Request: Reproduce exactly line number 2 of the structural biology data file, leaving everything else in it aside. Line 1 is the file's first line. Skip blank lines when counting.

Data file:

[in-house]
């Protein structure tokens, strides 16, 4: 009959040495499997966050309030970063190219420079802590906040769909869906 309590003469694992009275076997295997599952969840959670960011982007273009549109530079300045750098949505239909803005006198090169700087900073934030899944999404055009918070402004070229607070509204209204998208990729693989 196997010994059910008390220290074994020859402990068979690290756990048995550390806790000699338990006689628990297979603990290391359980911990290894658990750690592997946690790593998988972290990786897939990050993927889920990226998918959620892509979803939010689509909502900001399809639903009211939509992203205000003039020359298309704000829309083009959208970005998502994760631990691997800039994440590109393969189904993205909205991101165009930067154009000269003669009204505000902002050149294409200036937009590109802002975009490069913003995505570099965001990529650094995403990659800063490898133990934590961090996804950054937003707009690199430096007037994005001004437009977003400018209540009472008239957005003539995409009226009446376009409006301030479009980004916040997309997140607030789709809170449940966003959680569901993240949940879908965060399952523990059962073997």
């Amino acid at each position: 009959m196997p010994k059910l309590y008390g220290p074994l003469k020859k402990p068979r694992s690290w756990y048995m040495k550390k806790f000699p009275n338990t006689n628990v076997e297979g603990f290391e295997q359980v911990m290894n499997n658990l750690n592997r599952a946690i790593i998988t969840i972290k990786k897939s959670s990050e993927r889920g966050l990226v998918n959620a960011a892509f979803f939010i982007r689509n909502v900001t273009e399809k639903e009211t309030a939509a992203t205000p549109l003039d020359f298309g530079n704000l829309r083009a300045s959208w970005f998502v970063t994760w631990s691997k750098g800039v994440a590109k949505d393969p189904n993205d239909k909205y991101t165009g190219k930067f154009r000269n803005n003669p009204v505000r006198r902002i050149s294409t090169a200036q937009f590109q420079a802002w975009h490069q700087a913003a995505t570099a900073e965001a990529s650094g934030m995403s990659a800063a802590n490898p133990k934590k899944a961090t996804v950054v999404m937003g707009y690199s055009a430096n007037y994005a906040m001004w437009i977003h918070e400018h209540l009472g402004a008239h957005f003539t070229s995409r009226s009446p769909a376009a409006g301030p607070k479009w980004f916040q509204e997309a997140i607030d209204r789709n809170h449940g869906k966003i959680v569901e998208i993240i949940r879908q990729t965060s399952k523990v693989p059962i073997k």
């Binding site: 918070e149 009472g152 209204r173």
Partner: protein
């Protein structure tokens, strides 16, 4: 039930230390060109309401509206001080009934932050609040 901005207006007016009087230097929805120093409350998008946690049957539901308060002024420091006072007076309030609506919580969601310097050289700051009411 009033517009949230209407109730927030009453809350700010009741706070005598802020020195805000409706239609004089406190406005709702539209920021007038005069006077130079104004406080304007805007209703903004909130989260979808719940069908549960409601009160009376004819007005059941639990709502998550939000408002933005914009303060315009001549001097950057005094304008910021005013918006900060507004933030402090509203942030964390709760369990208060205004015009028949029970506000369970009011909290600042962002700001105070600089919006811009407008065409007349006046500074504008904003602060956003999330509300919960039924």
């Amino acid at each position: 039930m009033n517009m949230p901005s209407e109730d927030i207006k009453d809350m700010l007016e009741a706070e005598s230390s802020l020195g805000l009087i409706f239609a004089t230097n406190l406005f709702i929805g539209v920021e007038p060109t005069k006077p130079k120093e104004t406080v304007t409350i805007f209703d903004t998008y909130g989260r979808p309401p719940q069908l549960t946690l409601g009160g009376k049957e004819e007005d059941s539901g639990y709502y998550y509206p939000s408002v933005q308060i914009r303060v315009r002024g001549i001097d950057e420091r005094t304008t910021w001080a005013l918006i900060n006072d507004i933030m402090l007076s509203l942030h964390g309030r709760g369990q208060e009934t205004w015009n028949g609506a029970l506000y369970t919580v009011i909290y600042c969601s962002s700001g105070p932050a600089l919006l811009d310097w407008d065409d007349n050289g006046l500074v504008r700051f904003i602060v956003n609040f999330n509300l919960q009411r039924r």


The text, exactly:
């Protein structure tokens, strides 16, 4: 009959040495499997966050309030970063190219420079802590906040769909869906 309590003469694992009275076997295997599952969840959670960011982007273009549109530079300045750098949505239909803005006198090169700087900073934030899944999404055009918070402004070229607070509204209204998208990729693989 196997010994059910008390220290074994020859402990068979690290756990048995550390806790000699338990006689628990297979603990290391359980911990290894658990750690592997946690790593998988972290990786897939990050993927889920990226998918959620892509979803939010689509909502900001399809639903009211939509992203205000003039020359298309704000829309083009959208970005998502994760631990691997800039994440590109393969189904993205909205991101165009930067154009000269003669009204505000902002050149294409200036937009590109802002975009490069913003995505570099965001990529650094995403990659800063490898133990934590961090996804950054937003707009690199430096007037994005001004437009977003400018209540009472008239957005003539995409009226009446376009409006301030479009980004916040997309997140607030789709809170449940966003959680569901993240949940879908965060399952523990059962073997």